ESCAPE-pain is a NICE approved, award-winning programme for people with chronic joint pain. It achieves fantastic results and saves NHS resources.
“I was having a lot of knee pain and my mobility wasn’t good, so I went to my GP as I thought I needed a knee replacement. I began the exercises which I thought were really simple at first – in fact too easy – but soon realised they were working and being simple, they were so easy to do. After a few weeks on the programme, I noticed a huge improvement and I’m not even thinking about a knee replacement now. I’m not only far less tired from the pain but can walk so much better. I can do 10,000 steps a day without thinking about it – my wife even bought me a ‘Fitbit’ to record my activity level.”
Meir Kattan, participant
What was the problem?
Chronic joint pain, or osteoarthritis, affects one in five of the population over the age of 50, and one in two of the population over the age of 80. This condition causes considerable suffering and distress, and is a life-inhibiting disease.
A small proportion (about 5% of the eight to ten million sufferers in the UK) proceed to surgical intervention; the vast majority are managed in the community, usually with painkillers – which are both unpopular with patients, and potentially harmful. It is estimated that a day a week of GP’s time (20%) is spent helping people manage their joint pain.
The Health Innovation Network’s provider members told us that they needed support to enable their patients with joint pain to self-manage their conditions, and provide education and exercise support, as recommended in NICE guidance.
What we did and why
We created and promoted the spread of ESCAPE-pain, an evidence-based, group rehabilitation programme for patients with knee osteoarthritis. We provide training on the programme to physiotherapists or exercise professionals, who run it with the support of their local CCG, hospital or community provider.
The ESCAPE-pain programme involves 12 supervised sessions for a group of eight to ten participants to receive education and take part in a tailored exercise programme. Sessions are twice-weekly for six weeks, and the supervisor is typically (but not necessarily) a physiotherapist. The programme measures a range of outcomes, and at the end of the programme, participants are signposted to services to help them continue to progress.
The ESCAPE-pain programme is now increasingly being delivered to people in leisure centres and other community centres, offering easier access away from clinical settings. The programme has also been delivered in workplaces, direct to staff who have chronic joint pain.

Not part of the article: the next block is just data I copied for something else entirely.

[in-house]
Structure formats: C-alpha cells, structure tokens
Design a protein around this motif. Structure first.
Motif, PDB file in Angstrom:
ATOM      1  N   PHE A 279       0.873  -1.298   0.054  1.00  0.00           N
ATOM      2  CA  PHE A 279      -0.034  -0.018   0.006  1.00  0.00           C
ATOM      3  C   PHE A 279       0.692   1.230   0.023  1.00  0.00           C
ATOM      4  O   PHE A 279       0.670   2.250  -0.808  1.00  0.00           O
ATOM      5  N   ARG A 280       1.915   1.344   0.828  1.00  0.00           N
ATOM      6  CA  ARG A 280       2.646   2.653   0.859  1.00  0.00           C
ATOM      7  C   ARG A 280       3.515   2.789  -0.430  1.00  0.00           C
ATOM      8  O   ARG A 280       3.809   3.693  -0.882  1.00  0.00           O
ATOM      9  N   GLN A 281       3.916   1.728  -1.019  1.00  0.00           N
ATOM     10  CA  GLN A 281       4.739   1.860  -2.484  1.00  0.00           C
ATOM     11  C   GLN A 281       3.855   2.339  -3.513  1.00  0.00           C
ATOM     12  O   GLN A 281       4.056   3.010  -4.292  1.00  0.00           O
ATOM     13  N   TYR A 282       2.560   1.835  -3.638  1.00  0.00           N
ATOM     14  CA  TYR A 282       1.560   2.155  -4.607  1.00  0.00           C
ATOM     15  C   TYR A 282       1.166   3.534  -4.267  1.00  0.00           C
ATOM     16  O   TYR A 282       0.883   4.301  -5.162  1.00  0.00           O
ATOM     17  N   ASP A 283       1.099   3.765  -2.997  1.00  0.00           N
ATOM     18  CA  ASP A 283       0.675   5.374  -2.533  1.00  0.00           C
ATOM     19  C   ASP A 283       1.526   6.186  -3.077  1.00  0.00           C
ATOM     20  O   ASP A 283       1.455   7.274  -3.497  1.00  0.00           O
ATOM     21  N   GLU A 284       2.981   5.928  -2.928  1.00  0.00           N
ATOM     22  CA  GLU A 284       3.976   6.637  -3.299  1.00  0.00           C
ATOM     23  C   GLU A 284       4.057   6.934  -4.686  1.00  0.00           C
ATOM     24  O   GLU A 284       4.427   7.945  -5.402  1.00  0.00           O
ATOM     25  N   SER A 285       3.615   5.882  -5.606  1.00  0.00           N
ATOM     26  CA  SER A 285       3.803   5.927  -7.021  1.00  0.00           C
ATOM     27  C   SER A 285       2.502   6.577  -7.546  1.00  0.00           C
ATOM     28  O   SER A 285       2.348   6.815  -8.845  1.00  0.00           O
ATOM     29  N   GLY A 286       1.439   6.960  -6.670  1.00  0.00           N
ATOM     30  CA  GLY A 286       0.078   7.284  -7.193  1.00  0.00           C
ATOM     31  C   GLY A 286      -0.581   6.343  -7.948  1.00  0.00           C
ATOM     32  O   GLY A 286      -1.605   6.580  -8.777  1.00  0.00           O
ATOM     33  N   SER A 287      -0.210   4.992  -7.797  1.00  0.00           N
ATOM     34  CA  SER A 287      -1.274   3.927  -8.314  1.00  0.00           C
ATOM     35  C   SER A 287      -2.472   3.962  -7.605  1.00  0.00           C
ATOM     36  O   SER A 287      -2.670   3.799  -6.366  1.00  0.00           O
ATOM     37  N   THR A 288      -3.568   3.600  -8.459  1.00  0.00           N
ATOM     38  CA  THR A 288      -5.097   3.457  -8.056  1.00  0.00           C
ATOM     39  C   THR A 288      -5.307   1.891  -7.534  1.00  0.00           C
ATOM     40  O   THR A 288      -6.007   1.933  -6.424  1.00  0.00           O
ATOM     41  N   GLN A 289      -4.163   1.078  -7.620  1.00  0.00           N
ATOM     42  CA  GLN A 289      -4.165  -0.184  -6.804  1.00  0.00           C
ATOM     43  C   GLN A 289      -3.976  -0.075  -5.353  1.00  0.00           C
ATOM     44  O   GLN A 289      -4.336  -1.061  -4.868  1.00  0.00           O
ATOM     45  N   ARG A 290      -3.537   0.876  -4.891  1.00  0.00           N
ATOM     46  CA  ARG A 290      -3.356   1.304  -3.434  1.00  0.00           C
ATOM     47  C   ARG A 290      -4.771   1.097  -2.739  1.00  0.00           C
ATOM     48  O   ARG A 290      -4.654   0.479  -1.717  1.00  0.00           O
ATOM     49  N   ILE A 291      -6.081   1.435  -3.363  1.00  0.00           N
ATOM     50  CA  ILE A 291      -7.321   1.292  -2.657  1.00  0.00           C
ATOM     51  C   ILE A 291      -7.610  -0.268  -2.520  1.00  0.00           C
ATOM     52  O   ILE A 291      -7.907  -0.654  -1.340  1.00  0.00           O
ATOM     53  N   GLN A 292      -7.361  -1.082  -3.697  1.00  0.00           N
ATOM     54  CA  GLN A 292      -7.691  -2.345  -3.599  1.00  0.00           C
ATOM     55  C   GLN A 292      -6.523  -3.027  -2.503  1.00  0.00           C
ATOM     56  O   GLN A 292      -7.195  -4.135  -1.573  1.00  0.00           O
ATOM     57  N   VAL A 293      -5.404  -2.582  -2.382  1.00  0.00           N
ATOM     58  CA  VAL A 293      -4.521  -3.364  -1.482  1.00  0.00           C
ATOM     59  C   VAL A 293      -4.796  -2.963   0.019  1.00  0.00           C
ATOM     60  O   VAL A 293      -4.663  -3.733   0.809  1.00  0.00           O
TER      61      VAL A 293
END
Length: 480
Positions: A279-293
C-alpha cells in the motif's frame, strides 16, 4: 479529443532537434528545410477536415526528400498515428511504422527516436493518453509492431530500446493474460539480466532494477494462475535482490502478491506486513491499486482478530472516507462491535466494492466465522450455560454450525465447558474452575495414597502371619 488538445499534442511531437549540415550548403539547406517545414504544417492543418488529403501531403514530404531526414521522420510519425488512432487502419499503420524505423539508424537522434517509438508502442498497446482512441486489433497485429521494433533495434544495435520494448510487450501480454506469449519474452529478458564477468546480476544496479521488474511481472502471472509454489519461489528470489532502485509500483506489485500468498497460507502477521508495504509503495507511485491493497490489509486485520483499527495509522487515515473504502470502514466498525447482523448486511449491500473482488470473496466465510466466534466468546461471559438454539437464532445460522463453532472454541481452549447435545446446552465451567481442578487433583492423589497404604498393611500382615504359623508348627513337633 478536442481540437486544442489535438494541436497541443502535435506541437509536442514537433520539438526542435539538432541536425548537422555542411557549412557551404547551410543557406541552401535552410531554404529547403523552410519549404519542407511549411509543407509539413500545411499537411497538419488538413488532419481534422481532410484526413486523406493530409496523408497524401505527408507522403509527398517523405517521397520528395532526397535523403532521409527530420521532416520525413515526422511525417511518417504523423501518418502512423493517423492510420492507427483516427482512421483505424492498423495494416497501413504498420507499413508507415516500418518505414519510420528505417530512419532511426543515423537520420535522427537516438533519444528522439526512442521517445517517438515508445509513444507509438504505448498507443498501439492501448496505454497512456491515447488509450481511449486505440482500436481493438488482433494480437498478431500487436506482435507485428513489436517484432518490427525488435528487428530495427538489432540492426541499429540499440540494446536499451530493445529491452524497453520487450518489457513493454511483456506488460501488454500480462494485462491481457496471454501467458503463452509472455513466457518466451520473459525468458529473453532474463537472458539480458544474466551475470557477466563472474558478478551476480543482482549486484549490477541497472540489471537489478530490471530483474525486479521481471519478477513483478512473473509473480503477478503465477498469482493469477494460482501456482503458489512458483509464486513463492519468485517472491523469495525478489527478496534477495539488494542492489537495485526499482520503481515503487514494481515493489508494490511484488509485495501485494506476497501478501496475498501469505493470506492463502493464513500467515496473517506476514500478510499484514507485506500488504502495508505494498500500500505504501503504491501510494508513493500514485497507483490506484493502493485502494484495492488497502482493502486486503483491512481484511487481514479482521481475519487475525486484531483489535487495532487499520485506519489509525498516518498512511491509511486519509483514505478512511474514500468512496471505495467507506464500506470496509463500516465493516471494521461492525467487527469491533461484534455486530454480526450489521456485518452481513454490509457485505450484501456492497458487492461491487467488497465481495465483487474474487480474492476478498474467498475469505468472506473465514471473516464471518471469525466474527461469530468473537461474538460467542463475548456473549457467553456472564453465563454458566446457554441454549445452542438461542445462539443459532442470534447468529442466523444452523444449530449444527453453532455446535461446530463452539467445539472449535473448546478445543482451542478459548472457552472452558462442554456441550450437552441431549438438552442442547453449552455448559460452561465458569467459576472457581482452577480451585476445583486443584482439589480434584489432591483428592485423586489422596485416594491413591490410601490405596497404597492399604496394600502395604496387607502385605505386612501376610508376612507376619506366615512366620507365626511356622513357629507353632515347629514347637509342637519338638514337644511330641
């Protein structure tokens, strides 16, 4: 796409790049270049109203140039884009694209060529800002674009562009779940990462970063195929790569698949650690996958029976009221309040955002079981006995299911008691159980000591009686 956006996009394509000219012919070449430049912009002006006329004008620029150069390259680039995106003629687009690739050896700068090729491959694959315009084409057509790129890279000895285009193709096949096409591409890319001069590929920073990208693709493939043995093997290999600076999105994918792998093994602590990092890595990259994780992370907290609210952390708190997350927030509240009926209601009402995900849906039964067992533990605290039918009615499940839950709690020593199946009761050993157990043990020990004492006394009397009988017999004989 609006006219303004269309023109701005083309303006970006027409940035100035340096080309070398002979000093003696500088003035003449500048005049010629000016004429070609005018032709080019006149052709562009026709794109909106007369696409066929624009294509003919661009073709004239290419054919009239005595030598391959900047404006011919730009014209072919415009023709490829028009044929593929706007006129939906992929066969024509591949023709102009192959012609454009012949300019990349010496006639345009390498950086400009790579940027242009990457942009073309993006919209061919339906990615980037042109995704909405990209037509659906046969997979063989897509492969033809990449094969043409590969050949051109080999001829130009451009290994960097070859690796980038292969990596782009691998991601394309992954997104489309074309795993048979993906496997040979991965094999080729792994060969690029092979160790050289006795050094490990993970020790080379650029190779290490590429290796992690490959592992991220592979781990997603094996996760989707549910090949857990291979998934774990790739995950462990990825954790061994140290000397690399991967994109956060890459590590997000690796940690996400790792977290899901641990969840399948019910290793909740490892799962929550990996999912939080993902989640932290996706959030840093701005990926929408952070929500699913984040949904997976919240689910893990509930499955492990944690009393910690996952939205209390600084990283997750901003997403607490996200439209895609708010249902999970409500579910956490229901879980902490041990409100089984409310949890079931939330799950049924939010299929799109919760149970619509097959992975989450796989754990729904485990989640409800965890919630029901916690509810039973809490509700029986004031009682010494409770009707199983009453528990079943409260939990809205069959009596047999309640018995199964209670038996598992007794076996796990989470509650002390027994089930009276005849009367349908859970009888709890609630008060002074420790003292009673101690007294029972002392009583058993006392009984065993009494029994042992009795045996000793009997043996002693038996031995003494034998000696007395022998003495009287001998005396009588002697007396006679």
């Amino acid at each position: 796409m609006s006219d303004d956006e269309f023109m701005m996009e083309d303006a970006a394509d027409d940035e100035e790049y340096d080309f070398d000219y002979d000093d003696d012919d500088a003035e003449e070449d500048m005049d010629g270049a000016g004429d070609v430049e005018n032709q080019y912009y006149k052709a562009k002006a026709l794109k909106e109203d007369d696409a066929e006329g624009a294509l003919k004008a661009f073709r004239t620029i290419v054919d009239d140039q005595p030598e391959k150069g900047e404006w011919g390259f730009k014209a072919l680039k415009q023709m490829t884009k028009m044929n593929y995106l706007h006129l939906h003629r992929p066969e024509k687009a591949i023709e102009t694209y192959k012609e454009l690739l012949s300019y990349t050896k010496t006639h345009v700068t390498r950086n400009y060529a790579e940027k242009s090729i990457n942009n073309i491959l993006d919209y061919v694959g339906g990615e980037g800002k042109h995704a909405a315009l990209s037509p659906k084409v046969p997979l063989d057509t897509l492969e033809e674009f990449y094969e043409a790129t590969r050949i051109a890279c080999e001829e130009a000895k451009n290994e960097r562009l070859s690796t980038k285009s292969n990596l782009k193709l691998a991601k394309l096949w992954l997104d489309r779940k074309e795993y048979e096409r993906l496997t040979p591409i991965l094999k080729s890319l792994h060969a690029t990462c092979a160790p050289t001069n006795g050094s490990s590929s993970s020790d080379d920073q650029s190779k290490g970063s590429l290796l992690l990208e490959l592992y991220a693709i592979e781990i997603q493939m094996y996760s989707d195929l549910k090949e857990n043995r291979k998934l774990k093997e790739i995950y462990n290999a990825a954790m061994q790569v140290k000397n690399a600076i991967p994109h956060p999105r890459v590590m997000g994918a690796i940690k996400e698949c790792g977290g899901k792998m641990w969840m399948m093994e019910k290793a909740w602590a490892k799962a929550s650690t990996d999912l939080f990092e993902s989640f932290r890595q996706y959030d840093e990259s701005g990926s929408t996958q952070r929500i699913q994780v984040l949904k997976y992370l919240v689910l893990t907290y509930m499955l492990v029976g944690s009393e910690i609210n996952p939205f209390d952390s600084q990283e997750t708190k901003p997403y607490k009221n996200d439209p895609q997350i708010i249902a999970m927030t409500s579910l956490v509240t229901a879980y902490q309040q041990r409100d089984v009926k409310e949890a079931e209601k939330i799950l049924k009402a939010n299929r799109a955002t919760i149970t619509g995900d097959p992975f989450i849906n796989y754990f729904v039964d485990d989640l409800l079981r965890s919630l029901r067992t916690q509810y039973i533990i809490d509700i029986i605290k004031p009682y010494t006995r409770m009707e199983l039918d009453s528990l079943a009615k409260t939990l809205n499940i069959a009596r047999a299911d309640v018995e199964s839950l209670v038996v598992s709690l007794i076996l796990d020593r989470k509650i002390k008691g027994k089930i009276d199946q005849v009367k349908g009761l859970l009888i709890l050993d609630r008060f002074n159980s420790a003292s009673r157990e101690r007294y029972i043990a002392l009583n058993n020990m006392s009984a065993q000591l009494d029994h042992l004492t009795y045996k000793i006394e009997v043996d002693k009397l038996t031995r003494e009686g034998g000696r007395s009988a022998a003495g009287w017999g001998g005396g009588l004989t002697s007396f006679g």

Which national priorities does this work address?
- Patient activation and greater self care
- Providing care in community settings rather than hospital
- Reducing GP workload
- Musculoskeletal health
The programme is NICE approved and there is significant evidence that it works and achieves a reduction in the NHS burden of participants.
The evidence for this programme shows that people achieve a marked improvement in mobility and pain reduction, and are better able to achieve the activities of everyday life. There is also a marked impact on mood based on anxiety and depression score improvements after the programme compared to before.
It is less costly than usual care plans, and generates savings in both primary and secondary care.
ESCAPE-pain has now spread to 30 sites, benefitting more than 3,000 people, and continues to spread across the UK.
ESCAPE-pain has been recognised with awards from both the Royal Society for Public Health and the British Society for Rheumatology, and is cited by the ‘NHS Choices’ patient website and by NHS RightCare Commissioning for Value programme (self care).
“[We were] greatly impressed by the innovative approach taken by this initiative in combining exercise, education, self-management and coping advice in a programme centred upon the individual needs of people with chronic joint pain. The panel felt that this was a mature initiative that presented strong evidence of improvement in clinical, financial and patient reported outcomes.”
Dr Peter Lanyon, President of the British Society for Rheumatology
Tips for implementation
- We are happy to provide advice to areas keen to implement the programme locally.
- Capturing the data is really important before and after the programme.
- The resources we have developed on the website are designed to support other centres to run the programme.
Next steps and spread
We continue to spread the programme widely in south London and nationally, working with a range of health and leisure organisations, and Arthritis Research UK.
We have launched a patient app, so that people are able to access the programme digitally even if they are not able to access an ESCAPE-pain site. It is useful as an aide-memoire to help people who have already completed the programme to continue to manage their condition.
Find out more
For more information please visit the ESCAPE-pain website.
Visit the Health Innovation Network website.
Contact for help and advice
Andrea Carter, MSK Programme Director, Health Innovation Network
Programme duration: April 2014 – present